Adding Associated Search
I was recently tasked with an interesting design challenge. Without access to user analytics or research, I was asked to design a new user experience for a web application that allows a case worker to interact with case member information and initiate investigations from a case-based workspace. The case worker needed a way to search for a case member and receive suggestions for people associated with that member.
I worked with the software architects to gather requirements, coordinate with developers, and meet with end users.
In addition, there were several challenges to face with this assignment:
There was no existing design library
The UI is locked down, so I had to work with what already exists
The users don't trust the application
I began by sketching common elements that exist in other parts of the application to see how my design may fit within them.
Certain functions, like action menus, expanding lists, and table organization were explored in my sketches before moving to Balsamiq.
Mockups in Balsamiq
For the mockups shown, I had roughly one week to produce them with documentation. Since a design library did not exist, I used Balsamiq to recreate the structure of the existing application before designing the rest of the prototype.
The existing users do not trust that the application shows them all possible information. This is a result of the application dynamically hiding details on other screens. I needed to account for an exhaustive approach to display information without being redundant.
Building a Process Flow
As I iterated on screen mockups, I ended up with a "hub" where a lot of the other screens would stem from. As the other screens came together, I connected them with process flow arrows. This also provided a starting point for the developers to begin incorporating this design into their development sprint.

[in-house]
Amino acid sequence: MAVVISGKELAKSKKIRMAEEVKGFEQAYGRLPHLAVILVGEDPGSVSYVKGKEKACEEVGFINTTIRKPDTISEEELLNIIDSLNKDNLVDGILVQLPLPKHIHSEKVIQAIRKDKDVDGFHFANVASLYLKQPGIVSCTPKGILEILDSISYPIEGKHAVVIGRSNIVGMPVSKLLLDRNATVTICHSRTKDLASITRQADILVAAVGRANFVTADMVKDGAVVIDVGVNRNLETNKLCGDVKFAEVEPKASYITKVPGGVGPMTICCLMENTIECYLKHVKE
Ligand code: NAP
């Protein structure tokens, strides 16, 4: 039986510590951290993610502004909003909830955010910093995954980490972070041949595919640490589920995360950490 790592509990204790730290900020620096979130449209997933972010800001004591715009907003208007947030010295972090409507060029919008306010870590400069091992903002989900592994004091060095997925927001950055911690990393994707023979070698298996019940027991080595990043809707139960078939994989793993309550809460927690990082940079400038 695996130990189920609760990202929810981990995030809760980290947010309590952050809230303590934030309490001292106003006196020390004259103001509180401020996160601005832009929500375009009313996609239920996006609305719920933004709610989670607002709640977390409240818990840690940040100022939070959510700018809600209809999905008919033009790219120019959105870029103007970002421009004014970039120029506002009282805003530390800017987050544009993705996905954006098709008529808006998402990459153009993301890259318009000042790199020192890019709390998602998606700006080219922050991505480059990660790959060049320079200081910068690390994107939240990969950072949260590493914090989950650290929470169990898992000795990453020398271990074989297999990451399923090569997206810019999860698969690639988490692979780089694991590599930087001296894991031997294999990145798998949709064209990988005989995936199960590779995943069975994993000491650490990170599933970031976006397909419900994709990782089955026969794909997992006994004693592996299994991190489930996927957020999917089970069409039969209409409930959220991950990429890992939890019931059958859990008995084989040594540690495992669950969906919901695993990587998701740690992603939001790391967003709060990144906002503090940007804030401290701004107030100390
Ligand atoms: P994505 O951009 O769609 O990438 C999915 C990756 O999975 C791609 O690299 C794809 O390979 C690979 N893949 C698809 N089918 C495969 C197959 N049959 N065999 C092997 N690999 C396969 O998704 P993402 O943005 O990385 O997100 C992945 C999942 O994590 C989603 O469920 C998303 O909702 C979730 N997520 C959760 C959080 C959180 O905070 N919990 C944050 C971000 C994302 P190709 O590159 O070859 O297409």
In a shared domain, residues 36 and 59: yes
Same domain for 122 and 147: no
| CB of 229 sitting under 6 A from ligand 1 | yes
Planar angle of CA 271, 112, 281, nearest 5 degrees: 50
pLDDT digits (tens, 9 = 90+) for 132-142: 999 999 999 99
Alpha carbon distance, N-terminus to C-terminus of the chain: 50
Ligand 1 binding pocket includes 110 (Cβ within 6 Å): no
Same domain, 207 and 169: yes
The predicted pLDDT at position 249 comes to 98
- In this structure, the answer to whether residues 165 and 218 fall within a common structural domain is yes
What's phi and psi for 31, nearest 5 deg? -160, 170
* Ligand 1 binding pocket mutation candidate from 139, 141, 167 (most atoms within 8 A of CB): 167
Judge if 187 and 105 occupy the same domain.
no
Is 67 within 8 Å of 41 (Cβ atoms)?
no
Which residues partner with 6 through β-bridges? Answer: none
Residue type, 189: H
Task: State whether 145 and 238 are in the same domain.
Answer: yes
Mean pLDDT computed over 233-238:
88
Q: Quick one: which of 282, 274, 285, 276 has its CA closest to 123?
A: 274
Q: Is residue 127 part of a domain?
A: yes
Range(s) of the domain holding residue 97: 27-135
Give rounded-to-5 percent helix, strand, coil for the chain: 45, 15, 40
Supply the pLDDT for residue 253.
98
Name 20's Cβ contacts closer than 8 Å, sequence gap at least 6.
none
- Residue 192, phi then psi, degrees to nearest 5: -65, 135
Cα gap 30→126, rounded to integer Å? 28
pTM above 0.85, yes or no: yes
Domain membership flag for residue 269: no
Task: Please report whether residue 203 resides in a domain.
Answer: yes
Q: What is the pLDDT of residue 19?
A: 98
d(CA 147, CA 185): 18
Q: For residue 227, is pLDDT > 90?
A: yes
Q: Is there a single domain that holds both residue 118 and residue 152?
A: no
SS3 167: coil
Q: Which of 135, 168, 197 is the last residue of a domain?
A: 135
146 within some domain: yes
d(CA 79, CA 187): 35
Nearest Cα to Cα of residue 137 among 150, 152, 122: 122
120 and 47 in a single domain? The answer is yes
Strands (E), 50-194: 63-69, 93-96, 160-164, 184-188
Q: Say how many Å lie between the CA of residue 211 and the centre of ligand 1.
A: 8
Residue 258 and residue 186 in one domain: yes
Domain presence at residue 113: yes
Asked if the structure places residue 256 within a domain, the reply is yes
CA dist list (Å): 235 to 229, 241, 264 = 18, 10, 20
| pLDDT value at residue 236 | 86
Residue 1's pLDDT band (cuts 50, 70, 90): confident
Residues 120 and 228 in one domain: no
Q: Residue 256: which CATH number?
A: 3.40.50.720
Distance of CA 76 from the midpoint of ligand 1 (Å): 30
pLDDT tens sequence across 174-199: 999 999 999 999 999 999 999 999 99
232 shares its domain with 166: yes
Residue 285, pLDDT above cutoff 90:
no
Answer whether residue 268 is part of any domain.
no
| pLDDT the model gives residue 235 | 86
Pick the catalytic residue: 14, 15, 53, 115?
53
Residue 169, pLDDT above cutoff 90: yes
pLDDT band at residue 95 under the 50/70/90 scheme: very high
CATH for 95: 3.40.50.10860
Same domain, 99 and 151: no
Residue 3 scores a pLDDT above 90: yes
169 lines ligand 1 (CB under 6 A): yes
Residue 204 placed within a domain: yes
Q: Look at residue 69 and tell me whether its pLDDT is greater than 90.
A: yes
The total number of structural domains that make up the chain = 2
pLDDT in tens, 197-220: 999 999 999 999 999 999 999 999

Navigating through a series of pop-up modals is not ideal, but it is required functionality for how the rest of this application is built. If I could revisit this design, I would focus on creating a single-page layout to prevent the user from jumping screen to screen.
Documentation & Demonstration
For each iteration of my design, I kept track of a documentation file that describes the elements on the screen and how they connect to backend elements. This documentation is useful for the developers and testers to complete their tasks, but it is also required for our stakeholders to ultimately review and approve.
I also produced a use-case scenario in which a case worker could use the new associated search functionality to add new information for a case participant, thanks to an association the participant had on another case.
This scenario was presented to stakeholders and end users to gather feedback. Our development team created a demo environment so I could walk through my scenario. Following the demo, my team received positive feedback on the design. Having a single workspace for the end user to interact with was a standout feature. We were requested to improve other parts of the user experience of the application, based on this design.
By the end of my design sprint, I had created a design library in Balsamiq to make future mockups. With design documentation, the developers were able to continue implementing the functionality to the application.
I have recommended a user field test once this new feature is fully launched. It would be an effective way to obtain user feedback and hear their thoughts of how their everyday workflow is affected by it.